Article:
Friends are vastly more important to their children than most parents think they are. Kids will do things out of consideration for their friends that they would never consider doing for their parents. So, whether you are still making decisions about the kinds of friends you will establish, or if you are reflecting upon the role you as a father or mother ought to have on the formation of your sonís or daughterís friends, I think our text for this evening can provide an important lifeís lesson.

Turn to Genesis chapter 38. When you find that verse, please stand read along quietly while I read aloud:


1      And it came to pass at that time, that Judah went down from his brethren, and turned in to a certain Adullamite, whose name was Hirah.

2      And Judah saw there a daughter of a certain Canaanite, whose name was Shuah; and he took her, and went in unto her.

3      And she conceived, and bare a son; and he called his name Er.

4      And she conceived again, and bare a son; and she called his name Onan.

5      And she yet again conceived, and bare a son; and called his name Shelah: and he was at Chezib, when she bare him.

6      And Judah took a wife for Er his firstborn, whose name was Tamar.

7      And Er, Judahís firstborn, was wicked in the sight of the LORD; and the LORD slew him.

8      And Judah said unto Onan, Go in unto thy brotherís wife, and marry her, and raise up seed to thy brother.

9      And Onan knew that the seed should not be his; and it came to pass, when he went in unto his brotherís wife, that he spilled it on the ground, lest that he should give seed to his brother.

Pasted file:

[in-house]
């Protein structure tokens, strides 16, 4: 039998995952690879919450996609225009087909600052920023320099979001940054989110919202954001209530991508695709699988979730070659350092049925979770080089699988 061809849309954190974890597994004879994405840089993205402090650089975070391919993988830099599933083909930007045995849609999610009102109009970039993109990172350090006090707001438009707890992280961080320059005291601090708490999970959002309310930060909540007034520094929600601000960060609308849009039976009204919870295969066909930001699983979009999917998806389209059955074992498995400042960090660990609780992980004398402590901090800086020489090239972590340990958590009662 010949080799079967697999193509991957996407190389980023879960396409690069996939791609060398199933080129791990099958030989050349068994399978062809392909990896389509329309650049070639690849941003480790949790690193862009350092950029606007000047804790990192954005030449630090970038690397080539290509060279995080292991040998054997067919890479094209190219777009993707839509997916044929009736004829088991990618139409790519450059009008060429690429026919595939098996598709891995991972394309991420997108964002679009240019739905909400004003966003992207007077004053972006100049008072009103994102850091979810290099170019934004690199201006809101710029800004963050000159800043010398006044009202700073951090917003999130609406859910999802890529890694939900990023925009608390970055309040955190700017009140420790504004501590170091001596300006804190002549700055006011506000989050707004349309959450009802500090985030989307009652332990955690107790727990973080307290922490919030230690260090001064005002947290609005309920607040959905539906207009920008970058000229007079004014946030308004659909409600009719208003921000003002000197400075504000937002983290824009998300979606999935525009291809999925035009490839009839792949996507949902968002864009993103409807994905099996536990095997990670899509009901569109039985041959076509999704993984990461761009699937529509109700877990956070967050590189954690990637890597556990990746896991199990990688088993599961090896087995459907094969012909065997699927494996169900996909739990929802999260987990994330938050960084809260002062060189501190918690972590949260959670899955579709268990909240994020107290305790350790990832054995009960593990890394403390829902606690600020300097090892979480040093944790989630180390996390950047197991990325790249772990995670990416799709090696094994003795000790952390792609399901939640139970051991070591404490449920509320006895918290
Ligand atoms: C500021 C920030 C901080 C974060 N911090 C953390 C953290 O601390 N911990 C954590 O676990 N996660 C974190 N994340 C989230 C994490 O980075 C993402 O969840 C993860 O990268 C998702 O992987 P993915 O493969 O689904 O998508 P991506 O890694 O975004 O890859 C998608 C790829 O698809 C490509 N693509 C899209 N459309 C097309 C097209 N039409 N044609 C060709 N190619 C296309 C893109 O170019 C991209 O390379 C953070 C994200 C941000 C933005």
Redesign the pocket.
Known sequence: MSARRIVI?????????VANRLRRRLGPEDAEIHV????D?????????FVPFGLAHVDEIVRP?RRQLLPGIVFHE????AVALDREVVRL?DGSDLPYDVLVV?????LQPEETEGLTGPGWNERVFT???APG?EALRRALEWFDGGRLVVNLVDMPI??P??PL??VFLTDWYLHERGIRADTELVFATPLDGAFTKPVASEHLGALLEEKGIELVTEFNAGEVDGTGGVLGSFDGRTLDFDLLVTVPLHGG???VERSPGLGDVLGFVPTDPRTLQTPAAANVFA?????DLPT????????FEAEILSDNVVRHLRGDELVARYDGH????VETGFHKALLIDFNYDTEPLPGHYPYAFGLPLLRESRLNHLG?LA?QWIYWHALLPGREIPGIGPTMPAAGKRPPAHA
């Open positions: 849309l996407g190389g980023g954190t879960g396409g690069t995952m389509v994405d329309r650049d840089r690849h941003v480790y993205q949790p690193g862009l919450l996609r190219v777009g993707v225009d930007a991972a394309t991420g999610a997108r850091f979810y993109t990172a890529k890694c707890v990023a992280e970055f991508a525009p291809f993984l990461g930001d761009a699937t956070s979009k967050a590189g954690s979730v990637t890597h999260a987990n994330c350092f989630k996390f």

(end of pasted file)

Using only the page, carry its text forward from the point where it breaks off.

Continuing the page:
10     And the thing which he did displeased the LORD: wherefore he slew him also.

11     Then said Judah to Tamar his daughter in law, Remain a widow at thy fatherís house, till Shelah my son be grown: for he said, Lest peradventure he die also, as his brethren did. And Tamar went and dwelt in her fatherís house.

12     And in process of time the daughter of Shuah Judahís wife died; and Judah was comforted, and went up unto his sheepshearers to Timnath, he and his friend Hirah the Adullamite.

13     And it was told Tamar, saying, Behold thy father in law goeth up to Timnath to shear his sheep.

14     And she put her widowís garments off from her, and covered her with a vail, and wrapped herself, and sat in an open place, which is by the way to Timnath; for she saw that Shelah was grown, and she was not given unto him to wife.

15     When Judah saw her, he thought her to be an harlot; because she had covered her face.

16     And he turned unto her by the way, and said, Go to, I pray thee, let me come in unto thee; (for he knew not that she was his daughter in law.) And she said, What wilt thou give me, that thou mayest come in unto me?

17     And he said, I will send thee a kid from the flock. And she said, Wilt thou give me a pledge, till thou send it?

18     And he said, What pledge shall I give thee? And she said, Thy signet, and thy bracelets, and thy staff that is in thine hand. And he gave it her, and came in unto her, and she conceived by him.

19     And she arose, and went away, and laid by her vail from her, and put on the garments of her widowhood.